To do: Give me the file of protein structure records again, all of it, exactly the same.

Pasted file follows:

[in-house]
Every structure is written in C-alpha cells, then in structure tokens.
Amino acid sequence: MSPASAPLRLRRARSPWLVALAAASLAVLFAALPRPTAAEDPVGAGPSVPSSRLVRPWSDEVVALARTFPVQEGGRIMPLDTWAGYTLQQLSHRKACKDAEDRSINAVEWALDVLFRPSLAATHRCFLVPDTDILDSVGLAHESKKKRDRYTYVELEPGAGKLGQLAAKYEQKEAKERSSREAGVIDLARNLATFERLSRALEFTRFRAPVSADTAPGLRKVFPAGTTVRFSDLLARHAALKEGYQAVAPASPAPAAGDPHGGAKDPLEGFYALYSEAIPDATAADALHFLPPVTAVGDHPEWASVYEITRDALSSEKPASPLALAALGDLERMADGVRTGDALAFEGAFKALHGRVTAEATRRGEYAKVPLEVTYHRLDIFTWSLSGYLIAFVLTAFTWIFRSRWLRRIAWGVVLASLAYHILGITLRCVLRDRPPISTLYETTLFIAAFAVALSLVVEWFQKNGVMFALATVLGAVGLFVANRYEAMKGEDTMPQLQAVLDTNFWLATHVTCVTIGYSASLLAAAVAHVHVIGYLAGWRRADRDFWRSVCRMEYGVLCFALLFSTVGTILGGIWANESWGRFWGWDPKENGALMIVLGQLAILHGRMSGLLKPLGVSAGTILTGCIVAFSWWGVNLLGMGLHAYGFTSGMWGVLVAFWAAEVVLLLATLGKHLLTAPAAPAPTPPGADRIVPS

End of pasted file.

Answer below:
[in-house]
Every structure is written in C-alpha cells, then in structure tokens.
Amino acid sequence: MSPASAPLRLRRARSPWLVALAAASLAVLFAALPRPTAAEDPVGAGPSVPSSRLVRPWSDEVVALARTFPVQEGGRIMPLDTWAGYTLQQLSHRKACKDAEDRSINAVEWALDVLFRPSLAATHRCFLVPDTDILDSVGLAHESKKKRDRYTYVELEPGAGKLGQLAAKYEQKEAKERSSREAGVIDLARNLATFERLSRALEFTRFRAPVSADTAPGLRKVFPAGTTVRFSDLLARHAALKEGYQAVAPASPAPAAGDPHGGAKDPLEGFYALYSEAIPDATAADALHFLPPVTAVGDHPEWASVYEITRDALSSEKPASPLALAALGDLERMADGVRTGDALAFEGAFKALHGRVTAEATRRGEYAKVPLEVTYHRLDIFTWSLSGYLIAFVLTAFTWIFRSRWLRRIAWGVVLASLAYHILGITLRCVLRDRPPISTLYETTLFIAAFAVALSLVVEWFQKNGVMFALATVLGAVGLFVANRYEAMKGEDTMPQLQAVLDTNFWLATHVTCVTIGYSASLLAAAVAHVHVIGYLAGWRRADRDFWRSVCRMEYGVLCFALLFSTVGTILGGIWANESWGRFWGWDPKENGALMIVLGQLAILHGRMSGLLKPLGVSAGTILTGCIVAFSWWGVNLLGMGLHAYGFTSGMWGVLVAFWAAEVVLLLATLGKHLLTAPAAPAPTPPGADRIVPS